Yeah, so what we have seen, you know, when we started, like, it really just spread by word of mouth, like, academia is like such a connected environment. So someone tried it, and then they started sending to their friends. And then we just kind of spread by word of mouth there organically. So, you know, we have teachers from K 12. Using our platform, we’re mainly focused in higher ed, whether it’s community colleges, or large schools or small schools, really, it’s a whole spectrum. And then there’s also a lot of interesting use cases in any sort of learning environment, like professional development. So for K 12, it’s very interesting. And so our focus as a company is, we are directly focusing on higher ed. And we’re also partnering up with others for, you know, adjacent markets, right, whether it’s professional development in K 12, it cetera, because it’s basically integrates very easily with other platforms, for example, we’re integrated with LMS is right learning management system. So for me, as a teacher, you know, tech burn is real. And people have tried so many things during pandemic like, and I was like, we want to make this super easy, like, super easy to get in no installations, no logins, I don’t even need to register for an account, I just go to my LMS, click on right here. And then when you’re done with your reading all your recordings and transcripts, automatically go back to your LMS. So you can search it and use it. And I’m actually super excited to announce that we’re going to have language support coming up very soon for integrating with a company where you can real time have chat, translations and transcript records, recording transcript translations.

Alexander Ferguson 13:22
Speaking of what you were just digging into there around the making it easy for someone to just jump right in just confirming is it actually just browser based, like there’s no application that’s needed?

Narine Hall 13:34
Yes, so we’re completely browser based. And also integrated in elements. So like as a, as a teacher, a professor, you can go into your LMS, like Canvas, Brightspace, or Moodle. And right there you see in space, you click on it, you see the virtual classroom, you can see who is in the space at that time from outside. And then you click to join when you show up, you know, it’s your interface experience. And then when you’re done, like, all of your recordings of everything goes back and gets, you know, stored there. And we have integration with, you know, authentication systems. So we use your school authentication to get you in and out. So you don’t even have to create an account.

Alexander Ferguson 14:12
Safety is still a big concern and issue for a lot of folks and for for kids of all ages, or people of all ages, and many schools are still considering do we do we come back in person? Or do we just do online, you feel strongly that learn learn online learning is definitely here to stay? Right.

Narine Hall 14:28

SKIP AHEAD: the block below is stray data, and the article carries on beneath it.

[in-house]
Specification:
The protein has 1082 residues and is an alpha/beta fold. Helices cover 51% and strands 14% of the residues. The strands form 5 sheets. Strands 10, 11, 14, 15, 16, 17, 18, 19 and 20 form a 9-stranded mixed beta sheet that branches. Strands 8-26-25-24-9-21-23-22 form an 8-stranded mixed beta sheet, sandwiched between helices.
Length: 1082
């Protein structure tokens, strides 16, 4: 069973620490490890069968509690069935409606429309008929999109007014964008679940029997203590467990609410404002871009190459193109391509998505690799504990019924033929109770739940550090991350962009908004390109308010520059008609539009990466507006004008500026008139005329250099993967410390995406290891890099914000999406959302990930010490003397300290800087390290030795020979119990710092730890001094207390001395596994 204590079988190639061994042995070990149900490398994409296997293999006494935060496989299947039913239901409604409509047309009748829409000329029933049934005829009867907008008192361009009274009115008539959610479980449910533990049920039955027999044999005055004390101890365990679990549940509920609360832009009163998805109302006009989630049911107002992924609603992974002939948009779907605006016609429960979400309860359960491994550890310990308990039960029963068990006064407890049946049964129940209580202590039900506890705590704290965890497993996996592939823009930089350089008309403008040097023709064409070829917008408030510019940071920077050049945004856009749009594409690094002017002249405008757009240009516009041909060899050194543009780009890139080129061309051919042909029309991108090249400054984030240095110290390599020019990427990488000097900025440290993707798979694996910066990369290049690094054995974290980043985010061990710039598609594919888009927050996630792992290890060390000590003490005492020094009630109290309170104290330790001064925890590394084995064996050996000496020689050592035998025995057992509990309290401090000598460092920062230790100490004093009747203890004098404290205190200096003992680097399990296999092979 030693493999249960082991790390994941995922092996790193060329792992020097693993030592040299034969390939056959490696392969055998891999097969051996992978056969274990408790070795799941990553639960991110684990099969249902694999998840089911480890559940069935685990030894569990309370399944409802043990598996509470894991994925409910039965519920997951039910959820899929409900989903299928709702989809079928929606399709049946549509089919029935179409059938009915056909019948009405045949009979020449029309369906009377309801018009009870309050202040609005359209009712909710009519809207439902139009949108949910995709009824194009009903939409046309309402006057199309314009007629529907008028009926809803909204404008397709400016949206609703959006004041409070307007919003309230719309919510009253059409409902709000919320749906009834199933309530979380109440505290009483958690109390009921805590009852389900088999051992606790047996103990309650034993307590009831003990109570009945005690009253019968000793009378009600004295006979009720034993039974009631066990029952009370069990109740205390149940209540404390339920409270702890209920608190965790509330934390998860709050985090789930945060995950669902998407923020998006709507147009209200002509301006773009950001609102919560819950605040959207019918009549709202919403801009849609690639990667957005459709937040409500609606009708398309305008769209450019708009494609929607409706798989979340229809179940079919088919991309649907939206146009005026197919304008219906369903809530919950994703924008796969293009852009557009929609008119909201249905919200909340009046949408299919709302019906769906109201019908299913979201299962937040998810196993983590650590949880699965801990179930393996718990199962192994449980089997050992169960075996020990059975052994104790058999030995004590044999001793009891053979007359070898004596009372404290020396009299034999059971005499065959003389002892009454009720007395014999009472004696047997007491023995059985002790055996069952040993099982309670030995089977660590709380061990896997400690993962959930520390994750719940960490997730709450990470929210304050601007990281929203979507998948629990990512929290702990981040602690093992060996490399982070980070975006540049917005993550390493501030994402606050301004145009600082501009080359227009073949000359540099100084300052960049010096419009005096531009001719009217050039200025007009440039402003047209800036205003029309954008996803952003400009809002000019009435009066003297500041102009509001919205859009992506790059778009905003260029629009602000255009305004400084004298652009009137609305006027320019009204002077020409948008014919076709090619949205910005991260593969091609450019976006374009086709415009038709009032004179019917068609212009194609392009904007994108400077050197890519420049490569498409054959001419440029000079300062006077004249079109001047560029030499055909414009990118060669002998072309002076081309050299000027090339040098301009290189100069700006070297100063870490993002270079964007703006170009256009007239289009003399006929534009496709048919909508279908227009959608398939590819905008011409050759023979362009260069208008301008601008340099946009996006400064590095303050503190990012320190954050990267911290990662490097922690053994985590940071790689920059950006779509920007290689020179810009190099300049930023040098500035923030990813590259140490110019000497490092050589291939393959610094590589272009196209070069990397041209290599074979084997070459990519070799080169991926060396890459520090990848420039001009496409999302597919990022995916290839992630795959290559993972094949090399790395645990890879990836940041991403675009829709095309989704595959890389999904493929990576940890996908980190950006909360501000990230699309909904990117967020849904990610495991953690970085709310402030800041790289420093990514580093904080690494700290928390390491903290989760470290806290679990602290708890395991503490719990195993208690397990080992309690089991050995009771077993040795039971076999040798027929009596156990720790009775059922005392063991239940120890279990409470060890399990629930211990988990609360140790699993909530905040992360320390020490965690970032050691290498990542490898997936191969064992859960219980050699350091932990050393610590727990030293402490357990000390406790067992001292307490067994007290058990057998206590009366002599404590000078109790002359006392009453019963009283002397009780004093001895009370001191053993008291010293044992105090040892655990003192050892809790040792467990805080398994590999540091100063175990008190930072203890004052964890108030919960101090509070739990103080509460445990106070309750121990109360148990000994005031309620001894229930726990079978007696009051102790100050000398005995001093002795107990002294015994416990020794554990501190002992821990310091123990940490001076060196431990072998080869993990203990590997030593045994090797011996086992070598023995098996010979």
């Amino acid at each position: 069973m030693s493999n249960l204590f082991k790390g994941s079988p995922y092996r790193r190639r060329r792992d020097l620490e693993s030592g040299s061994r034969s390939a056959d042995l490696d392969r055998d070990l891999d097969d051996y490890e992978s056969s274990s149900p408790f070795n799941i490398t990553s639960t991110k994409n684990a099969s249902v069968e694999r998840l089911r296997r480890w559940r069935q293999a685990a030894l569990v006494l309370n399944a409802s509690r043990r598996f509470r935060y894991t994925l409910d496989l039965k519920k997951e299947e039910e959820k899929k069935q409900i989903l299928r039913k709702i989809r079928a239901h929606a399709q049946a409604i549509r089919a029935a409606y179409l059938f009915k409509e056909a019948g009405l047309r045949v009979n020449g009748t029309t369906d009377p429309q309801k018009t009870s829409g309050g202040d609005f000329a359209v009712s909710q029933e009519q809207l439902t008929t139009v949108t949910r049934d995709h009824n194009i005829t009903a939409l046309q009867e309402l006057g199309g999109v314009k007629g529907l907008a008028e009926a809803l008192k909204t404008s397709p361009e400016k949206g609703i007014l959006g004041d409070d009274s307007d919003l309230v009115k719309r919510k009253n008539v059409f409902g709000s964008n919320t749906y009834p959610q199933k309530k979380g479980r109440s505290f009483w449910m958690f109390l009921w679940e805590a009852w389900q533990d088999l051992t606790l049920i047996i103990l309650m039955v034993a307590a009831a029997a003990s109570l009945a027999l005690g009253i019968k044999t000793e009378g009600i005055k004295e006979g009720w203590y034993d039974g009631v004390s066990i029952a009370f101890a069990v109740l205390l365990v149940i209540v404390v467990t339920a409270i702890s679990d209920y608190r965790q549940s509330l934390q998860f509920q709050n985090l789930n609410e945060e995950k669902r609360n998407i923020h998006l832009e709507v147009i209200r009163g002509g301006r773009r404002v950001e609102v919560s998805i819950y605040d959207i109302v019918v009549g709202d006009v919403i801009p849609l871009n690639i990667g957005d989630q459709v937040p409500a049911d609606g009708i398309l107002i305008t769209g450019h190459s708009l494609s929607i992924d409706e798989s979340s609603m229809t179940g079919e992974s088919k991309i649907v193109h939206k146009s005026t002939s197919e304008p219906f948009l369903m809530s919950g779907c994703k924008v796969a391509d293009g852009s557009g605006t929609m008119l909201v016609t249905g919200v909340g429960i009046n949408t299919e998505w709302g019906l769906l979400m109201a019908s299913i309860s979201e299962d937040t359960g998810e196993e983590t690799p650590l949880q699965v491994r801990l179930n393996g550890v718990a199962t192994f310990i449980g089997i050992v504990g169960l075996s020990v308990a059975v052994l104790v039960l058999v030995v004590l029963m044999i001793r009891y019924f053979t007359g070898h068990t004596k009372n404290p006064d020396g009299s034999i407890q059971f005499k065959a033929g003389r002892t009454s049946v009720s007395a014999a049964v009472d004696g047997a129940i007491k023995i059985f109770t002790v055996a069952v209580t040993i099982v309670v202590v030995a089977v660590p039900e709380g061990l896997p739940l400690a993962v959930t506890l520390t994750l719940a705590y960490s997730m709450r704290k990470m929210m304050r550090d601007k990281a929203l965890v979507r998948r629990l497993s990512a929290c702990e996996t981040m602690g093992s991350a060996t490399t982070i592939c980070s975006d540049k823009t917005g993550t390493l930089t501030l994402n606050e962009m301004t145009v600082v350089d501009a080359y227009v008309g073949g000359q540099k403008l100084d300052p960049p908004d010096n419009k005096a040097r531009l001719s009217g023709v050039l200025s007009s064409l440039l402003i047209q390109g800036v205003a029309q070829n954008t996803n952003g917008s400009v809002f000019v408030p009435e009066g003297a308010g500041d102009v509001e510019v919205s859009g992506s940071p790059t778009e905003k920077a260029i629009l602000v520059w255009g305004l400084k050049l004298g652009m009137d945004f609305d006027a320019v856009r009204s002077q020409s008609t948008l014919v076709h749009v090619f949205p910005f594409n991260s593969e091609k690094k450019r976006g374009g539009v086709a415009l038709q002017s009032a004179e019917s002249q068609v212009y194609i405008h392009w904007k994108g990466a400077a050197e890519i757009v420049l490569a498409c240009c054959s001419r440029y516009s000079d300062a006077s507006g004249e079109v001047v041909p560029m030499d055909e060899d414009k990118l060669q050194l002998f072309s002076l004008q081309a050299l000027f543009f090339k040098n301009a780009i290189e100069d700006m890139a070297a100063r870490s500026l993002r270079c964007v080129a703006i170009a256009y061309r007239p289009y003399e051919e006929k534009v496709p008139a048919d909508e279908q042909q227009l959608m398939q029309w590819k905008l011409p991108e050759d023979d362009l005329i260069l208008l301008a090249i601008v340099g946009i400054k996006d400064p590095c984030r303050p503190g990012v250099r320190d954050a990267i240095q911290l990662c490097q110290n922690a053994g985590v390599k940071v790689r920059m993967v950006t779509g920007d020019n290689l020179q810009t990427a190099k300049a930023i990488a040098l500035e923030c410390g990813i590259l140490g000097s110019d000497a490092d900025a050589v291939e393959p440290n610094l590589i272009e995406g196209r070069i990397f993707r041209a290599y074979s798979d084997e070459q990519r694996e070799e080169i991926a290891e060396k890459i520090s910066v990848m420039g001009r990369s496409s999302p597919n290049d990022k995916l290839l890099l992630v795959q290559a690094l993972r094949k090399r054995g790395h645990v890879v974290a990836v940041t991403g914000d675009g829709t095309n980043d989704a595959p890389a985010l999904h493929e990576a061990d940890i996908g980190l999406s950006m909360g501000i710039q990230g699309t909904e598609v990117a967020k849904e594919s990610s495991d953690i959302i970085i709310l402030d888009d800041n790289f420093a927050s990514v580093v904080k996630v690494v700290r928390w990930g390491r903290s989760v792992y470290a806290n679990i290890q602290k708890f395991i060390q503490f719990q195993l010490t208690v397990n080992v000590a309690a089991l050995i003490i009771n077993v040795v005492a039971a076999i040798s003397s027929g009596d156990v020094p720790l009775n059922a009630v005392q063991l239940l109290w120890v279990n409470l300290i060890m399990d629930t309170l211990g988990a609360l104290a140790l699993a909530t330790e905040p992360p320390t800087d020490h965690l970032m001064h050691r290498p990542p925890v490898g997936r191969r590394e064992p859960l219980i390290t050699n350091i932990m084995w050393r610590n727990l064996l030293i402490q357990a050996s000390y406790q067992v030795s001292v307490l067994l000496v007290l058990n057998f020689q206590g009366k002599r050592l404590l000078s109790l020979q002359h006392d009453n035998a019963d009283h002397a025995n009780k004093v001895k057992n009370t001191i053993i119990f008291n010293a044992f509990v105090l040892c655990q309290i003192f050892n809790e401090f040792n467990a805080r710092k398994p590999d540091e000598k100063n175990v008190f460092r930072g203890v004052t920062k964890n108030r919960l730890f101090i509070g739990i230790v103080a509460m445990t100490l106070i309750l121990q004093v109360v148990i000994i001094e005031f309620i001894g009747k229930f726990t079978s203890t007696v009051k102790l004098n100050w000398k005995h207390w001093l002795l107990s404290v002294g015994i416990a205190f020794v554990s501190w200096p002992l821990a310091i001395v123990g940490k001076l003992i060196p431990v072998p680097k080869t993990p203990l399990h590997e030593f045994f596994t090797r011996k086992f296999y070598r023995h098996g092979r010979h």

You know, it’s interesting. So I think schools are really all over the place right now, there are schools that are staying online, they’re in between hybrid, and there’s in person. So our goal is really take the technology out of the way and let teachers do what they’re really good at. Right? So as a company as a platform, we actually don’t don’t care where people are using in space, right? So for example, when pandemic first started, a lot of schools were just virtual, so they were using completely virtual version of it. And then when a lot of schools went some of the schools went back to in person, they actually took in space with them. So now they’re using it in the classroom. So when you are sharing something with your students, or we have a chat functionality in there, so you can communicate with students, certain files, etc, or like you’re doing hair coding in the classroom. And the other thing that came up is like, sometimes some students had to quarantine or they couldn’t make it to class, they joined virtually, and then from teachers perspective, it’s very easy, like instead of, you know, sharing their project, you know, slides on the projector, they share the presentation room, as students are basically all virtually huddled up around the presentation room, and they can just pop into the screen anytime and ask questions. So basically, they’re not getting the side experience of hybrid, they’re literally fully experience being the same as in person students. And then the other thing that we also noticed that was kind of unexpected use case is like how online completely asynchronous schools are looking at this. And we’re very early on in this stage, but basically, kinda, you know, having completely asynchronous course, where students are always interacting with content, but not necessarily connect have synchronous components to it. It can feel very lonely experience, and sometimes like, it’s really not great for retention. And so what in space does it basically it has this virtual classroom that’s available for students anytime. And that becomes a study lounge, right? You can just communicate through the phone and like if someone has a question, maybe someone else answers and then you’re just like, hey, do you want to pop into the space and talk about this and you just go in there, you know, you share a document, you work on it together, and it sort of becomes like this community.